Utah, collegiate gymnastics' winningest program, has never won in Ann Arbor, Mich., going 0-4, including in 2004 when Utah was 5-0 before stepping into the Wolverines' arena.
"We had no idea about that until this week," senior Kristen Riffanacht said. "Now we've heard it about 14 times a day since Monday. Obviously, we're going in there with a purpose."
The only other places Utah hasn't won at are Alabama (0-8), Southern Illinois (0-1) and Stanford (0-1). But the losing streak to Michigan shouldn't be held against this group, junior Nicolle Ford said.
"We've been reminded of it 14,000 times, but that one ain't our fault," said Ford, adding a little slang for attitude. "Our freshmen and sophomores haven't competed there, and I was just a freshman. What was I supposed to know?"
Never mind the circumstances, this group would like to see the streak end.
"Knowing we've never won there just motivates us more," sophomore Ashley Postell said. "We're excited to go to Michigan and kick some butt. It would be cool to be a part of the team that changed history."
Utah has other reasons for a win too, such as proving its No. 2 ranking is deserved. The rankings are decided by average, but scores vary around the country and in the past, scores have been generally higher in the East. However, Utah has competed only in the West, so a win against a national contender from the East would go a long ways in validating their spot in the poll.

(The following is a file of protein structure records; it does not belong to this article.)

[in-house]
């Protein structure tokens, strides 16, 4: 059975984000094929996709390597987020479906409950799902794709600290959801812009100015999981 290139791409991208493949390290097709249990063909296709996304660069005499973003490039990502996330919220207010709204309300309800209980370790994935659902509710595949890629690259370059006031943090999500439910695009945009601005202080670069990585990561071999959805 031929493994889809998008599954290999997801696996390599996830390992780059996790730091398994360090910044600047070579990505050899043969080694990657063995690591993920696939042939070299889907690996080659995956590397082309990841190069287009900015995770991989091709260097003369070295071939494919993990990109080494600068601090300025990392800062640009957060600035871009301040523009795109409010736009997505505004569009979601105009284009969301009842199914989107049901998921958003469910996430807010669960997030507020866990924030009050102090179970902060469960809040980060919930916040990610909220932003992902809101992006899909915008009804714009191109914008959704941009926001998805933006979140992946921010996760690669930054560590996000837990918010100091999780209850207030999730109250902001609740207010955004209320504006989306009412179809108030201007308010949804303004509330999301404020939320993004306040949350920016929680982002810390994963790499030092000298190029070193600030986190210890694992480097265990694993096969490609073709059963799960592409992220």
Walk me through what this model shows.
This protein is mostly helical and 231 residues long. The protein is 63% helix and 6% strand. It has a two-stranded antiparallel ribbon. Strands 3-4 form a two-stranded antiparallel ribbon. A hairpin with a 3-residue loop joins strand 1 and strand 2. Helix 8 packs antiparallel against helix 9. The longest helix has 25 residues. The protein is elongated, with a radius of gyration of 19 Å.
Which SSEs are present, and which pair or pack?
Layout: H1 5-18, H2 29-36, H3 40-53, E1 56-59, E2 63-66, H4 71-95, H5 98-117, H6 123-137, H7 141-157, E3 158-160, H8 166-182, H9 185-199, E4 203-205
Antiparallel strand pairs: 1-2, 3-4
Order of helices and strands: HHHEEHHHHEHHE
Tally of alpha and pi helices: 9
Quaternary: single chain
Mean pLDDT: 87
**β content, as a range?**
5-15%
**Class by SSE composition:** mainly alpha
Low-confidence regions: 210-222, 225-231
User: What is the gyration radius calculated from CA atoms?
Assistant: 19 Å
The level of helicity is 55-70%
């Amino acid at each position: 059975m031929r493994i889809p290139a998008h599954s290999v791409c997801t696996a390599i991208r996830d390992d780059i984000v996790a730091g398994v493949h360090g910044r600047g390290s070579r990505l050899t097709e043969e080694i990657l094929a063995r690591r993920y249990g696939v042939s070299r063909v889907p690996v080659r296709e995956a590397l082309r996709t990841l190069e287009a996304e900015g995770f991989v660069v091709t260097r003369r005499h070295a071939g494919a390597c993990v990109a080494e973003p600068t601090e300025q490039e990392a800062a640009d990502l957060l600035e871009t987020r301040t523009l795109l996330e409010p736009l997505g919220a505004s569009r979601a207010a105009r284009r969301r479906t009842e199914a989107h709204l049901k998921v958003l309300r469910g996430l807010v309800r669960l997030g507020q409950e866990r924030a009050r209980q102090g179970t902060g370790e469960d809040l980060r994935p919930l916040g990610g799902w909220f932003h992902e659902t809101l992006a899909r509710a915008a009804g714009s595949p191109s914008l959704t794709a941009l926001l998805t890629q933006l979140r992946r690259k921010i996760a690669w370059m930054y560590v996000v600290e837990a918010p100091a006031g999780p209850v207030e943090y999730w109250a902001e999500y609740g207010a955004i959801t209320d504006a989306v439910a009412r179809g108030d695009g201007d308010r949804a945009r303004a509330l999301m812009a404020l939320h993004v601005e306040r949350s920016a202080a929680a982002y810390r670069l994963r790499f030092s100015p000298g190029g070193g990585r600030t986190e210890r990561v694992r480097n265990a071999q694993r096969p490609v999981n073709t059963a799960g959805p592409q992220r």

"I don't know why we haven't won there, but we're going to change that now," senior Gritt Hofmann said. "We don't want to hear it again. We want to keep our spot [in the polls] going, and show we are a team ready to fight for a national championship title."
Like the Utes, the Wolverines are currently undefeated, but tied Nebraska 195.675 on Jan. 13. Utah defeated the Huskers a week later in Salt Lake, 195.75-193.0.
The Utes are talking big, especially for a team that hasn't performed too well on the road. A week ago, Utah needed a clutch performance and a collapse from Arizona State on the floor to beat the Sun Devils.
"Now we know what can happen, and it works both ways," Ford said. "That wasn't what we wanted, but it was an eye opener and we know how it feels to be in that position. I'm not quite sure that is a bad thing."
Utah has also had to count a fall in each of its three road meets and has just two left after Michigan, at BYU on Feb. 24 and at Florida on March 17.
"My big challenge to them this week has been to put together a better performance on the road," Utah coach Greg Marsden said. "It's important we get consistent away from our comfort zone, and our opportunities are slipping away. Our schedule is home-heavy toward the end and with regionals and nationals on the road, we need to do well in these types of opportunities."
Especially if it means ending a losing streak in the process.